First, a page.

The Historic District was listed on the National Register of Historic Places in 1980. Portions of the content on this web page were adapted from a copy of the original nomination document.
The Berkeley Square Historic District is an architecturally intact residential area located along the Delaware River in northwestern Trenton.
A photograph of Berkeley Avenue in 1900 shows the residences standing on naked lots, with the avenue still unpaved and lacking street lights. The area soon developed as an upper middle class suburb. ... the construction of Route 29 between Berkeley Square and the river ... (has) contributed to the deterioration of the area.
The architecture of the Berkeley Square area is characterized by eclecticism, both in the wide range of style represented in the block and in the variety of building materials, architectural details, and other elements. In addition to the Victorian Eclectic style, other styles of the period which are represented in the Berkeley Square Historic District are Queen Anne, Stick style, Italian Villa, Colonial Revival, Classical Revival, Tudor, Romanesque, and Bungaloid. Nevertheless, there are certain common characteristics which are shared by many of the buildings in the area. Nearly all of the houses are 2 1/2 stories high, with slate, composition, or more rarely, tile roofs. The houses tend to have spacious proportions often with rear kitchen wings and full porches on the facades. Dormers are common, but not universal. Most houses have chimneys; interior, exterior, and end wall types are all common.
The houses are set back from the street at least 30 feet (as required by the original, January 1892 sales agreement), and are on well-landscaped lots which typically measure 50 x 100 feet, but range from 50 x 125 feet to 100 x 200 feet in size. Although there was no planned landscaping within the area as a whole, the houses are often sited upon slightly elevated terraces, and large trees are regularly spaced along the streets and avenues.
Berkeley Square Historic District is a well-preserved six block area which was developed as "Cadwalader Place," a planned residential community, organized and constructed between 1890 and 1910. The area provides an excellent illustration of suburban residential planning which dominated late nineteenth century concepts of urban place; and to which the middle class migrated in an attempt to benefit from the best of both urban and rural life. Berkeley Square has local significance as a prime example of the early development of Trenton's suburban neighborhoods, containing a high degree of architectural variety, quality and integrity.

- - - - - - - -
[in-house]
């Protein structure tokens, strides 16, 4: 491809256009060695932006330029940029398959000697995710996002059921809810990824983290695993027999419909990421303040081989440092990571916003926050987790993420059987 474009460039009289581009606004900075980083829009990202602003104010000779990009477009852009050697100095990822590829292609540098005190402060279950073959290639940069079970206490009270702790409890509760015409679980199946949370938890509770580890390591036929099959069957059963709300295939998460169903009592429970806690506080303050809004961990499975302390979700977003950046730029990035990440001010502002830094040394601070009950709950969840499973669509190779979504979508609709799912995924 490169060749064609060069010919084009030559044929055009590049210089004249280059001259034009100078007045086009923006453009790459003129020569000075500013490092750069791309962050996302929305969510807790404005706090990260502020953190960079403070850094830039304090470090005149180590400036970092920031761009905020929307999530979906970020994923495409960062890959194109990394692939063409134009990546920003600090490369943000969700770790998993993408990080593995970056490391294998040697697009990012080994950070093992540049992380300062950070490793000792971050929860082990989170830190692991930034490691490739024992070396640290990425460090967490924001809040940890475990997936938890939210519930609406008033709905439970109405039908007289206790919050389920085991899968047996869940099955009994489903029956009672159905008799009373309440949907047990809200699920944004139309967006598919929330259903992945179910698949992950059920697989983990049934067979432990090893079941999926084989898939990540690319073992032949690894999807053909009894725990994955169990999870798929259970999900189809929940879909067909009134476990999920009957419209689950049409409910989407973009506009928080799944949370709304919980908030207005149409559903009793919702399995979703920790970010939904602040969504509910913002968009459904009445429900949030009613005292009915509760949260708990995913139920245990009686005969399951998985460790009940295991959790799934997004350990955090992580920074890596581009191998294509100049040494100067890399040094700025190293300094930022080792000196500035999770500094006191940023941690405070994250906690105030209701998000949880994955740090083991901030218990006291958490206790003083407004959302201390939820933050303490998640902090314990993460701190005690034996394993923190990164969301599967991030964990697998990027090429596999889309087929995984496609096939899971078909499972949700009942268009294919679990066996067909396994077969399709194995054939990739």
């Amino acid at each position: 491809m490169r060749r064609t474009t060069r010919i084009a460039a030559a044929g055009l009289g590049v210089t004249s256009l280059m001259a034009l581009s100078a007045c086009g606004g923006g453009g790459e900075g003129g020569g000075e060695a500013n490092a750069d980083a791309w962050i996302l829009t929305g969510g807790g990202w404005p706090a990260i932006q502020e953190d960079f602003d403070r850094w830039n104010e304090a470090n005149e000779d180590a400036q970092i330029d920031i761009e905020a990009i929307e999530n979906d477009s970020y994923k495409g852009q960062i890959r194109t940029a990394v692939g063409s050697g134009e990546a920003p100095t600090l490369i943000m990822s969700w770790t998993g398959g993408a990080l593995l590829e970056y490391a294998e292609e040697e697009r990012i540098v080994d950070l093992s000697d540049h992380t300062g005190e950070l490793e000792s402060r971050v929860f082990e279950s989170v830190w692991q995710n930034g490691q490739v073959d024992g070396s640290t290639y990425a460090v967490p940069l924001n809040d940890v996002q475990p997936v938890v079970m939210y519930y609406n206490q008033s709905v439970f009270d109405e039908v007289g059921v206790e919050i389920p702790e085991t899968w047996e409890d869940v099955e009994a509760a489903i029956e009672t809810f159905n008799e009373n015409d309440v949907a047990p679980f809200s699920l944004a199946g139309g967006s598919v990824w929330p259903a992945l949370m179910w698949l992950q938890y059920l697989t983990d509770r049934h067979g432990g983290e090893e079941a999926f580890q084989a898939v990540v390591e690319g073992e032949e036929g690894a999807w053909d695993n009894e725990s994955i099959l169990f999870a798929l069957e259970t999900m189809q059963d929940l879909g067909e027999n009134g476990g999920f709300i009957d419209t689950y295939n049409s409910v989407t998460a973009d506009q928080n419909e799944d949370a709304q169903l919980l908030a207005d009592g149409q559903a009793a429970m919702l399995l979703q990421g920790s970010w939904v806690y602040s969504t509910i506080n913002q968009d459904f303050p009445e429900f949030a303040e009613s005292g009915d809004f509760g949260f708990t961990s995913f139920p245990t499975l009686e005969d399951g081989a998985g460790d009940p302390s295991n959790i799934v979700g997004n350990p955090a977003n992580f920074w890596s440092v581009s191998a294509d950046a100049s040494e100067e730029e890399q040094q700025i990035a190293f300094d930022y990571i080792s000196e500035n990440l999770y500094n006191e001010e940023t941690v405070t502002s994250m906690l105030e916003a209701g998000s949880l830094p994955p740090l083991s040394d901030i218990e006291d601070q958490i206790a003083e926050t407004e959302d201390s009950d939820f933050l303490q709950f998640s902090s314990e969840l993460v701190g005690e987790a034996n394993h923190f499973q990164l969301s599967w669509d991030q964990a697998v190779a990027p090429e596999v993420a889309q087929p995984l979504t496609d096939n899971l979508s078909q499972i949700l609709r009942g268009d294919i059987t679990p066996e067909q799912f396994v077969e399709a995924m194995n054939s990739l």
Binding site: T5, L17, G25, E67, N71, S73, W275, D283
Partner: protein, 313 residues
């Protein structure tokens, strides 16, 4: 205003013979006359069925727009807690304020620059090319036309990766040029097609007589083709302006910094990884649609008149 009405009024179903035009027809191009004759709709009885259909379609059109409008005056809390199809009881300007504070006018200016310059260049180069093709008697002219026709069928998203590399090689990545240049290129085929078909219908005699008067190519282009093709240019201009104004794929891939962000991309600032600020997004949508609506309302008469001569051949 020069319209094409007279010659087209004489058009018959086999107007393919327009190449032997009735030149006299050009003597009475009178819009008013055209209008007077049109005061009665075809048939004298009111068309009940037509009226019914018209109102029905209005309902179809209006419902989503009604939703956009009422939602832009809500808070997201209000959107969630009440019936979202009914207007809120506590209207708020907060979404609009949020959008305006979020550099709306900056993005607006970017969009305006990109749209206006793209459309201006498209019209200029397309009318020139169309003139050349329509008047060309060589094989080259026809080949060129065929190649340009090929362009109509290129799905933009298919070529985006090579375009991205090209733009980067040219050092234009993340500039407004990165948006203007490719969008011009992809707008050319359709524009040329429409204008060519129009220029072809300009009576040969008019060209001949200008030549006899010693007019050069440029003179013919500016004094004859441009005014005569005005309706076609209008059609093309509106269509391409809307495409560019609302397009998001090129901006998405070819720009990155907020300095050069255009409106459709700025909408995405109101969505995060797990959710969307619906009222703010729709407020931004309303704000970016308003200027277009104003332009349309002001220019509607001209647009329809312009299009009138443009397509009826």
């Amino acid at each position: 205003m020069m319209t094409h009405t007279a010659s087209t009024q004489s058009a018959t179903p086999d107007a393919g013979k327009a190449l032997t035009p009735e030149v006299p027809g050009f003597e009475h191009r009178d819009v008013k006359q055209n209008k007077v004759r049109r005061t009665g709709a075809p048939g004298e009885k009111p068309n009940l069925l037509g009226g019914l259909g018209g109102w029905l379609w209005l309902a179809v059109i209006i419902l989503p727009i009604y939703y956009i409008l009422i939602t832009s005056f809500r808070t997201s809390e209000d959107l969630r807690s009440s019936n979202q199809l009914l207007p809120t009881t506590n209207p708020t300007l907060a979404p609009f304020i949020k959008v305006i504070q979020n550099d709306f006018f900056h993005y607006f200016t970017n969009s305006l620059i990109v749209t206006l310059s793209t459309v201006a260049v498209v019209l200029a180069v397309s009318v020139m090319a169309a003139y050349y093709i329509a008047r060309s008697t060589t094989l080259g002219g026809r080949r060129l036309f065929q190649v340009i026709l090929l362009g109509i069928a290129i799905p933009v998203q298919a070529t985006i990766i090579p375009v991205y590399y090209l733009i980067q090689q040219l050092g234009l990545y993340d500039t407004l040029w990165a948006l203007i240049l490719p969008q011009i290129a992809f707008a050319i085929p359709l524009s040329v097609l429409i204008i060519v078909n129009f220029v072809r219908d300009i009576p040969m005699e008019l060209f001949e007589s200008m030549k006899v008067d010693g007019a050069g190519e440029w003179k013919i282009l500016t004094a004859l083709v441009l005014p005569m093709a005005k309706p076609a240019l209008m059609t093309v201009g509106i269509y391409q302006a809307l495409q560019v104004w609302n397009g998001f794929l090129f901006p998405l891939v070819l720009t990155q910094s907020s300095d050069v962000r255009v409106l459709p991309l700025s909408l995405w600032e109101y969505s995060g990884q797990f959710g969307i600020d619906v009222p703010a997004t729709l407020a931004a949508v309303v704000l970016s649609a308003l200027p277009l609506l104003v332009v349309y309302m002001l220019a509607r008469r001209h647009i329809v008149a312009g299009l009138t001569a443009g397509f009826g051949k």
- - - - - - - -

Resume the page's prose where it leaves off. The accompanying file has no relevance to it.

The Berkeley Square area is part of lands which were once part of the Cadwalader family estate. The tract, in the Township of Trenton, came into the Cadwalader family in 1776 when Lambert Cadwalader purchased the property at Sheriff's Sale. The original owner had been Benjamin Dassingly. The tract, approximately 248 acres along the Delaware River, substantially retained its historic boundaries from this time until it was developed by the Cadwalader family and Hill in the late nineteenth century.
In 1823 Thomas Cadwalader inherited "the Plantation in New Jersey in Hunterdon County, NJ." upon the death of his father, Lambert, and the release of dower rights of his mother, Mary. In 1828, a road was laid through the middle of the tract, running east and west. In 1873, Thomas Cadwalader left his estate to his five children. The estate was to be divided equally among the five, with the two sons administering their sisters' property in trust.
In 1890, John and Richard Cadwalader began to develop the land—which had been in the family since 1776—for residential use. The land was surveyed by Elbridge G. Weir, Civil Engineer. A map, designated "Plan of Cadwalader Place" and dated November 1, 1890, was filed the following year. In 1891, the daughters agreed to begin selling part of their shares to their brothers, on the Plan of "Cadwalader Place." In 1891, the roads now extant in the area including Riverside, Parkside, Berkeley and Gouverneur Avenues, were surveyed and filed. Some land was purchased by the City of Trenton for schools and parks. Edmund C. Hill was hired as sales agent and promoter. Hill was a prominent Edwardian civic leader of Trenton who was active in a variety of civic affairs, particularly in respect to park developments, and who served as the head of the Trenton Chamber of Commerce.